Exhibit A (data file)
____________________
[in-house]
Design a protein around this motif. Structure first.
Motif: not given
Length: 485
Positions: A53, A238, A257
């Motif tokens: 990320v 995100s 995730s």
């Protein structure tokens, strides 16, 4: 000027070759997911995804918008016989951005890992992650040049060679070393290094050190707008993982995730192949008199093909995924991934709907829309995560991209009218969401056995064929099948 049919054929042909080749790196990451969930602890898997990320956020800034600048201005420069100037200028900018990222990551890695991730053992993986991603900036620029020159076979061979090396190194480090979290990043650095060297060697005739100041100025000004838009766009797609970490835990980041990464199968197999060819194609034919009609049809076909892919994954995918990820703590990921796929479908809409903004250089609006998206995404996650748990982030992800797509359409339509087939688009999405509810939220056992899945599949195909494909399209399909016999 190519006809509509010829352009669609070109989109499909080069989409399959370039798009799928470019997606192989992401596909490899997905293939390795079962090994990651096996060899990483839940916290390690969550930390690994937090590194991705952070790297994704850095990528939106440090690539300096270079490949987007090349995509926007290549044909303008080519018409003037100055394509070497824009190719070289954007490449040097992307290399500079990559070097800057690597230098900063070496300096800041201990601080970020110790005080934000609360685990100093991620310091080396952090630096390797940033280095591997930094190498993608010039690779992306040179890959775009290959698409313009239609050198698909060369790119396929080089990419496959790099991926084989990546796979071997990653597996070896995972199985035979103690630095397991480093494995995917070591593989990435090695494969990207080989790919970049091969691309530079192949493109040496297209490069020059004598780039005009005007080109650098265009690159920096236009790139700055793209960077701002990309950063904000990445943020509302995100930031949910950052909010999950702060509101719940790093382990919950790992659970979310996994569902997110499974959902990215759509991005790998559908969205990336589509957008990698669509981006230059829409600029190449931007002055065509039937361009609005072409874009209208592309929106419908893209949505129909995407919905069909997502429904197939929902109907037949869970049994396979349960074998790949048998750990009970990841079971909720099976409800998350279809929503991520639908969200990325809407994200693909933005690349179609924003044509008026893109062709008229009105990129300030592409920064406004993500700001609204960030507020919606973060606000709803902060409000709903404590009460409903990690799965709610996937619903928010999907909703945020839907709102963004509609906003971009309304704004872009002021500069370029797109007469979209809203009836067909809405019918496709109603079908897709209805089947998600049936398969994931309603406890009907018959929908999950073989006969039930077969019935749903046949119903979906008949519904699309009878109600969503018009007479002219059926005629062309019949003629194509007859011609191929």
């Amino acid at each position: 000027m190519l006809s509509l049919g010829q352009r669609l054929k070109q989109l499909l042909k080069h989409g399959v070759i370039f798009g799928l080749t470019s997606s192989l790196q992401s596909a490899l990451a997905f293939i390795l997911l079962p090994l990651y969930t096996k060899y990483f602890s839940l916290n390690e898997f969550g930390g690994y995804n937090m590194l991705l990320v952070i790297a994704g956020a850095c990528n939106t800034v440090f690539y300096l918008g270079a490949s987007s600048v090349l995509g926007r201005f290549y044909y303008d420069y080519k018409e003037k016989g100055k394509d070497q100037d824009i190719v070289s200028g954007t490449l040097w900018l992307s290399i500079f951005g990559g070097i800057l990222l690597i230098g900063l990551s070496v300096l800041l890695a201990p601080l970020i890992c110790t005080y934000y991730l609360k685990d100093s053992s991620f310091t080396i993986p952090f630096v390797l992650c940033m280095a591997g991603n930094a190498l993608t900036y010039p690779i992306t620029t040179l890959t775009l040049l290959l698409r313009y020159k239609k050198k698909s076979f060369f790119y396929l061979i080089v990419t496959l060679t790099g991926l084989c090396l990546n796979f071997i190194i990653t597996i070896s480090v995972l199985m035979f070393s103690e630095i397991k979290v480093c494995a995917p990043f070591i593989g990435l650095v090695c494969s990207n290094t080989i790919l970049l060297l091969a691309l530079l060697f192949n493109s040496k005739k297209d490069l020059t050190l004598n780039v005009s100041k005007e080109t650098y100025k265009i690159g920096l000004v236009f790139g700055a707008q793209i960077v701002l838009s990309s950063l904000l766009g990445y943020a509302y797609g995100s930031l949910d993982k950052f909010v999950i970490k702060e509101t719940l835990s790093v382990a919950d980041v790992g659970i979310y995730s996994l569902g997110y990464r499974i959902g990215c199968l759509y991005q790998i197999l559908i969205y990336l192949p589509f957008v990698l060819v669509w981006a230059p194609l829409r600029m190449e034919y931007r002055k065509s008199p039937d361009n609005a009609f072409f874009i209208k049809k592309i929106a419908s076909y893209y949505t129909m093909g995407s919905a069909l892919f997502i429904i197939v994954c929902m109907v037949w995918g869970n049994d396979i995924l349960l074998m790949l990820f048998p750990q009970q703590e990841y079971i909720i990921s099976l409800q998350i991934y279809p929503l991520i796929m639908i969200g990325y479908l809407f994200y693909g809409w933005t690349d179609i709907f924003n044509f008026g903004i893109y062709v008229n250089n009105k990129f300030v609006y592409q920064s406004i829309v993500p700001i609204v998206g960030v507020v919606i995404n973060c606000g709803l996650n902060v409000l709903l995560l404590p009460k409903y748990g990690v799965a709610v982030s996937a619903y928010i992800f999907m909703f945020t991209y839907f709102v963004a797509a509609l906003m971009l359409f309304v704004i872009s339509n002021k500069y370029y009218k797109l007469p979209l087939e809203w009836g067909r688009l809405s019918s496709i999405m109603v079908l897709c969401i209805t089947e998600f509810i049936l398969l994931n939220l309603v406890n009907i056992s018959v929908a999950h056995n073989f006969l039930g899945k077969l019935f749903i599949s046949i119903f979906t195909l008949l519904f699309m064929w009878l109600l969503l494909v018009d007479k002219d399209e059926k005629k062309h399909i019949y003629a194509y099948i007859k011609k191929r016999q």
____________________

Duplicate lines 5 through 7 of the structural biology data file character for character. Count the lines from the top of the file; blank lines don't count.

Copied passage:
Positions: A53, A238, A257
């Motif tokens: 990320v 995100s 995730s």
């Protein structure tokens, strides 16, 4: 000027070759997911995804918008016989951005890992992650040049060679070393290094050190707008993982995730192949008199093909995924991934709907829309995560991209009218969401056995064929099948 049919054929042909080749790196990451969930602890898997990320956020800034600048201005420069100037200028900018990222990551890695991730053992993986991603900036620029020159076979061979090396190194480090979290990043650095060297060697005739100041100025000004838009766009797609970490835990980041990464199968197999060819194609034919009609049809076909892919994954995918990820703590990921796929479908809409903004250089609006998206995404996650748990982030992800797509359409339509087939688009999405509810939220056992899945599949195909494909399209399909016999 190519006809509509010829352009669609070109989109499909080069989409399959370039798009799928470019997606192989992401596909490899997905293939390795079962090994990651096996060899990483839940916290390690969550930390690994937090590194991705952070790297994704850095990528939106440090690539300096270079490949987007090349995509926007290549044909303008080519018409003037100055394509070497824009190719070289954007490449040097992307290399500079990559070097800057690597230098900063070496300096800041201990601080970020110790005080934000609360685990100093991620310091080396952090630096390797940033280095591997930094190498993608010039690779992306040179890959775009290959698409313009239609050198698909060369790119396929080089990419496959790099991926084989990546796979071997990653597996070896995972199985035979103690630095397991480093494995995917070591593989990435090695494969990207080989790919970049091969691309530079192949493109040496297209490069020059004598780039005009005007080109650098265009690159920096236009790139700055793209960077701002990309950063904000990445943020509302995100930031949910950052909010999950702060509101719940790093382990919950790992659970979310996994569902997110499974959902990215759509991005790998559908969205990336589509957008990698669509981006230059829409600029190449931007002055065509039937361009609005072409874009209208592309929106419908893209949505129909995407919905069909997502429904197939929902109907037949869970049994396979349960074998790949048998750990009970990841079971909720099976409800998350279809929503991520639908969200990325809407994200693909933005690349179609924003044509008026893109062709008229009105990129300030592409920064406004993500700001609204960030507020919606973060606000709803902060409000709903404590009460409903990690799965709610996937619903928010999907909703945020839907709102963004509609906003971009309304704004872009002021500069370029797109007469979209809203009836067909809405019918496709109603079908897709209805089947998600049936398969994931309603406890009907018959929908999950073989006969039930077969019935749903046949119903979906008949519904699309009878109600969503018009007479002219059926005629062309019949003629194509007859011609191929």